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Aggressive behaviour was ignored, and mostly provided amusement for staff and visitors.

These are all behaviours and settings that I did not even think about or notice before joining this course. I learnt so much more about animal behaviour and welfare than I ever did before. It has allowed me to become a better and more informed activist, and has completely changed my views of captivity for non-human animals.

This is fucking important. Zoos are nothing more than prisons.

This is really fucking important.

arocoun:

give-a-fuck-about-nature:


give-a-fuck-about-nature:

50 DEADLY CONSEQUENCES OF LAB ANIMAL EXPERIMENTS From US Doctors Group Americans for Medical Advancement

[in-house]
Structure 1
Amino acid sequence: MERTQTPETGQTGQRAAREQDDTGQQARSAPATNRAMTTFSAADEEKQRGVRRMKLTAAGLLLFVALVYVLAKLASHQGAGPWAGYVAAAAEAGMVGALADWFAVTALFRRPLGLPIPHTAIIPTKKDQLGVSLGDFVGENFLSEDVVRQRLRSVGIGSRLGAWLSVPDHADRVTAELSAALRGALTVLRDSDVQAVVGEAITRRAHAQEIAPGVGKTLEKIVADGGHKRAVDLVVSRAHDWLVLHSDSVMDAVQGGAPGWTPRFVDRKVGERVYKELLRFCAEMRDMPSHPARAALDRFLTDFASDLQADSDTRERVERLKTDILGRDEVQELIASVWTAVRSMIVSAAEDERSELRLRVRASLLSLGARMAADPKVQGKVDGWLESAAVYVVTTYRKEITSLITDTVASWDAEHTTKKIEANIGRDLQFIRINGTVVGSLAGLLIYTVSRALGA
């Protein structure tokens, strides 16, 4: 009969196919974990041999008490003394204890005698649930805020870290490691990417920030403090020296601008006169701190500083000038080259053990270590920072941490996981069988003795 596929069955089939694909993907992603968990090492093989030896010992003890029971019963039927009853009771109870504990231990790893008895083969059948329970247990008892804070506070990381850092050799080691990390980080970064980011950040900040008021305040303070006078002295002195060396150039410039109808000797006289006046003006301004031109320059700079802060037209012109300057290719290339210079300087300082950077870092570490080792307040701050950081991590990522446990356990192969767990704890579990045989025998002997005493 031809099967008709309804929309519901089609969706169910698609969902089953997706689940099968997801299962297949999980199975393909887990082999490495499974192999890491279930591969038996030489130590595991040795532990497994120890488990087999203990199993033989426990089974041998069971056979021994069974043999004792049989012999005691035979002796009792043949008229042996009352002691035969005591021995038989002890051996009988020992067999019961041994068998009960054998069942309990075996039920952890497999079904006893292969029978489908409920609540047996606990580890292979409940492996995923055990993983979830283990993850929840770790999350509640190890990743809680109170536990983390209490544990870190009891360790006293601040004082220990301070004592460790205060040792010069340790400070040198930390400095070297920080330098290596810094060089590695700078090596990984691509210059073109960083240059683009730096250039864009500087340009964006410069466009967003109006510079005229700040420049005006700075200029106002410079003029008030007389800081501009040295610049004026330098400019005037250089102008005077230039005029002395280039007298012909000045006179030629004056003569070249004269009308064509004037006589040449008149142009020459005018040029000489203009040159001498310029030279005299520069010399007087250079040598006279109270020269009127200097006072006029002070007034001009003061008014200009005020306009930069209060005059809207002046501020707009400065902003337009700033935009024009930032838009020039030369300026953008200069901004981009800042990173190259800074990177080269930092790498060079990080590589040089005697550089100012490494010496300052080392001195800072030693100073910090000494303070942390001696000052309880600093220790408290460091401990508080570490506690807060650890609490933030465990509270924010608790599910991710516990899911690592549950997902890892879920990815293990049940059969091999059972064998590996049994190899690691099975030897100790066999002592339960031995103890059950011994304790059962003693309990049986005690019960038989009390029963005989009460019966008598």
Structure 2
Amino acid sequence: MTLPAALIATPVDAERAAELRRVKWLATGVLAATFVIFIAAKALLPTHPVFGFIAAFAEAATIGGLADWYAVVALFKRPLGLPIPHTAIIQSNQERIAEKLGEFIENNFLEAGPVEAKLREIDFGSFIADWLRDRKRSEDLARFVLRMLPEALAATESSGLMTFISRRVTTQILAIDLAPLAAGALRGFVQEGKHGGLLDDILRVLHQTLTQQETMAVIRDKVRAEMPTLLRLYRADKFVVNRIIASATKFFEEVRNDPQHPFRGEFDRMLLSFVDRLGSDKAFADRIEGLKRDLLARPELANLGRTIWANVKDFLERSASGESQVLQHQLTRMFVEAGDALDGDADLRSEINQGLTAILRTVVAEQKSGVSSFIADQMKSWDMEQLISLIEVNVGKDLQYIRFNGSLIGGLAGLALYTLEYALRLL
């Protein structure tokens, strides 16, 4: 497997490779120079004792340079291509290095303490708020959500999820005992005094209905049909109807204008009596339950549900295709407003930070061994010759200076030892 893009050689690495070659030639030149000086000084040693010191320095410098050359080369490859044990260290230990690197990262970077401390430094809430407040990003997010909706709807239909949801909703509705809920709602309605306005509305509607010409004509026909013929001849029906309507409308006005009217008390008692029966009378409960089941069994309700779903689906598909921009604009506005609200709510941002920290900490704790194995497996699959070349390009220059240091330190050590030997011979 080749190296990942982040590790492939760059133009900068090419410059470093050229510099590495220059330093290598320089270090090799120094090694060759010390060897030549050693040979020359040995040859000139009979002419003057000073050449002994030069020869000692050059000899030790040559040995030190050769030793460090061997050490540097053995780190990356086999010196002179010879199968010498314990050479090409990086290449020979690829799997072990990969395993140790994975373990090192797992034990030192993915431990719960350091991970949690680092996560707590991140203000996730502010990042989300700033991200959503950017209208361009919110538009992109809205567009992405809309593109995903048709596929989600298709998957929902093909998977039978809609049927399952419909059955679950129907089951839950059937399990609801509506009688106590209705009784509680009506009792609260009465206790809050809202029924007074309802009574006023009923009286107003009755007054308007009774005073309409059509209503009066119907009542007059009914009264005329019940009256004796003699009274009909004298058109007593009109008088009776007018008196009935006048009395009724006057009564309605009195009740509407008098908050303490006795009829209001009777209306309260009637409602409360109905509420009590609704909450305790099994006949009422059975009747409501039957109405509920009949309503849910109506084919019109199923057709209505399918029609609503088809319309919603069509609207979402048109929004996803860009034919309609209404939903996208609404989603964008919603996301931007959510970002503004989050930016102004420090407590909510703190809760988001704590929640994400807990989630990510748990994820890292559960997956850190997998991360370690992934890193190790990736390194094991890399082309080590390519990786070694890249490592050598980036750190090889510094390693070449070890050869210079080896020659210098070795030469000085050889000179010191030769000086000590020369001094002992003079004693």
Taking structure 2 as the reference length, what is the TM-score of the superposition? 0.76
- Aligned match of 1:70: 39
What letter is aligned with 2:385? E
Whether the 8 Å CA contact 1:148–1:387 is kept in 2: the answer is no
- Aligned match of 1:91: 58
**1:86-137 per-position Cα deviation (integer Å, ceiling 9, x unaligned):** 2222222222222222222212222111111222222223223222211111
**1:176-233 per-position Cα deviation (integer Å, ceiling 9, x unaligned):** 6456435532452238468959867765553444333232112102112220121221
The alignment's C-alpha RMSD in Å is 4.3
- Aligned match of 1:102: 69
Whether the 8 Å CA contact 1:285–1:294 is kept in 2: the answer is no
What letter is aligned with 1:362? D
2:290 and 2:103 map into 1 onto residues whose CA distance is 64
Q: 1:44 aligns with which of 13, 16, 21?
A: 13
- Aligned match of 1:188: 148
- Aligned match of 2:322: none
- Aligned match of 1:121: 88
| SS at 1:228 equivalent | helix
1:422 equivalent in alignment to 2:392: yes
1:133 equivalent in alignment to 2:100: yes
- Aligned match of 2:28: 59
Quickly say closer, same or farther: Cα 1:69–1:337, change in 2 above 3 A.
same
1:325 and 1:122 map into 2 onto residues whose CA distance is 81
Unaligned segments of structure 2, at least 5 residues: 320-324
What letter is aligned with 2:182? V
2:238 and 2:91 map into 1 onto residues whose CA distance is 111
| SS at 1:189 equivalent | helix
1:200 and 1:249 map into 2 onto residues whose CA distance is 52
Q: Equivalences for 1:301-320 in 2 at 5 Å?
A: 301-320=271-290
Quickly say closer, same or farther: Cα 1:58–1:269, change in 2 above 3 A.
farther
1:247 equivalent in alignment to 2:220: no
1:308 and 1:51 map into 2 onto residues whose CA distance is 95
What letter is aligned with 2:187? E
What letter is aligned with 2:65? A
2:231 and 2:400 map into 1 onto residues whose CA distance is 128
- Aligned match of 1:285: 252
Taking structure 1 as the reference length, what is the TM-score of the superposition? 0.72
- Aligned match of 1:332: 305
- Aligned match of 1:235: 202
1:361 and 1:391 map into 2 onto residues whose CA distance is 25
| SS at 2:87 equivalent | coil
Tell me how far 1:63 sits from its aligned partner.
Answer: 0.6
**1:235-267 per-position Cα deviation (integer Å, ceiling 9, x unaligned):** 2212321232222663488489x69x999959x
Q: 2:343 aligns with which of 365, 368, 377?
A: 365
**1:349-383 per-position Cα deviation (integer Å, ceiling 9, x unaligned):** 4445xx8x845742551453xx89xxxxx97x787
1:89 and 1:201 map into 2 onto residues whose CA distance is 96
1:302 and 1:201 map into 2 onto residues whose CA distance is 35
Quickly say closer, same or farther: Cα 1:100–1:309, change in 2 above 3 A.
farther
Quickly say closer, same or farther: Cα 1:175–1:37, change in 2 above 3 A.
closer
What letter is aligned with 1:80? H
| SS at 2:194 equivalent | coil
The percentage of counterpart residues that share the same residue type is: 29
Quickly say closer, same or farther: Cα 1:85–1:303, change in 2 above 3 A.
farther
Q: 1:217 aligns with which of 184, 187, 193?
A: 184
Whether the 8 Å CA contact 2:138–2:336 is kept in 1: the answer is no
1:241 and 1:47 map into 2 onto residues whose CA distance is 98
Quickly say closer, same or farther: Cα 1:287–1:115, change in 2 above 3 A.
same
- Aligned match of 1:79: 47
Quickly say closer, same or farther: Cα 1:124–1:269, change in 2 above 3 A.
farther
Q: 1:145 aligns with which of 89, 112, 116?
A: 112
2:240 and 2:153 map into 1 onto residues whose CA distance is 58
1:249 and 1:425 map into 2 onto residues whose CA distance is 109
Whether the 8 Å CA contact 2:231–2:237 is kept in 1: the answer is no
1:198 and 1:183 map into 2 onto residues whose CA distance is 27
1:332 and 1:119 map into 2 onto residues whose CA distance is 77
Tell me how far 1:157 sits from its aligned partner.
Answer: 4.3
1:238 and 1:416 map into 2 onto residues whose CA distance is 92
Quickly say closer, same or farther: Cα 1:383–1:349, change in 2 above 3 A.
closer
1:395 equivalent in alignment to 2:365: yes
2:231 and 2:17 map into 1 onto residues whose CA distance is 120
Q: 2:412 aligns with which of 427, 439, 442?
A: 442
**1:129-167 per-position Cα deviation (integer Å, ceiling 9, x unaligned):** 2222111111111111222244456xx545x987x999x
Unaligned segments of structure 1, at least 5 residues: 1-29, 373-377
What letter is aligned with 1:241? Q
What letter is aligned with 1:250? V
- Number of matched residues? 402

1.Smoking was thought non-carcinogenic because smoking-related cancer is difficult to reproduce in lab animals. Many continued to smoke and to die from cancer.[2] 2.Benzene was not withdrawn from use as an industrial chemical despite clinical and epidemiological evidence that exposure caused leukemia in humans, because manufacturer-supported tests failed to reproduce leukemia in mice.[1]3.Animal experiments on rats, hamsters, guinea pigs, mice, monkeys, and baboons revealed no link between glass fibers and cancer. Not until 1991, due to human studies, did OSHA label it carcinogenic.[3][4][5]4.Though arsenic was a known human carcinogen for decades, scientists still found little evidence in animals to support the conclusion as late as 1977.[6] This was the accepted view until it was produced in lab animals.[7][8][9]5.Many continued to be exposed to asbestos and die because scientists could not reproduce the cancer in lab animals. 6.Pacemakers and heart valves were delayed in development because of physiological differences between animals they were designed on and humans. 7.Animal models of heart disease failed to show that a high cholesterol/high fat diet increases the risk of coronary artery disease. Instead of changing their eating habits to prevent the disease, people continued their lifestyles with a false sense of security. 8.Patients received medications that were harmful and/or ineffective due to animal models of stroke. 9.Animal studies predicted that beta-blockers would not lower blood pressure. This withheld their development. [10][11][12] Even animal experimenters admitted the failure of animal models of hypertension in this regard, but in the meantime, there were thousands more stroke victims. 10.Surgeons thought they had perfected radial keratotomy, surgery performed to enable better vision without glasses, on rabbits, but the procedure blinded the first human patients. The rabbit cornea is able to regenerate on the underside, whereas the human cornea can only regenerate on the surface. Surgery is now performed only on the surface.11.Combined heart lung transplants were also “perfected” on animals, but the first 3 patients all died within 23 days.[13] Of 28 patients operated on between 1981 and 1985, 8 died perioperatively, and 10 developed obliterative bronchiolitis, a lung complication that the experimental dogs did not get. Of those 10, 4 died and 3 never breathed again without the aid of a respirator. Obliterative bronchiolitis turned out to be the most important risk of the operation.[14]12.Cyclosporin A inhibits organ rejection, and its development was watershed in the success of transplant operations. Had human evidence not overwhelmed unpromising evidence from animals, it would never have been released.[15]13.Animal experiments failed to predict the kidney toxicity of the general anesthetic methoxyflurane. Many people lost all kidney function. 14.Animal experiments delayed the use of muscle relaxants during general anesthesia. 15.Research on animals failed to reveal bacteria as a cause of ulcers and delayed treating ulcers with antibiotics. 16.More than half of the 198 new medications released between 1976 and 1985 were either withdrawn or relabeled secondary to severe unpredicted side effects.[16] These side effects included complications like lethal dysrhythmias, heart attacks, kidney failure, seizures, respiratory arrest, liver failure, and stroke, among others. 17.Flosint, an arthritis medication, was tested on rats, monkeys and dogs; all tolerated the medication well. In humans, however it caused deaths. 18.Zelmid, an antidepressant, was tested on rats and dogs without incident. It caused severe neurological problems in humans.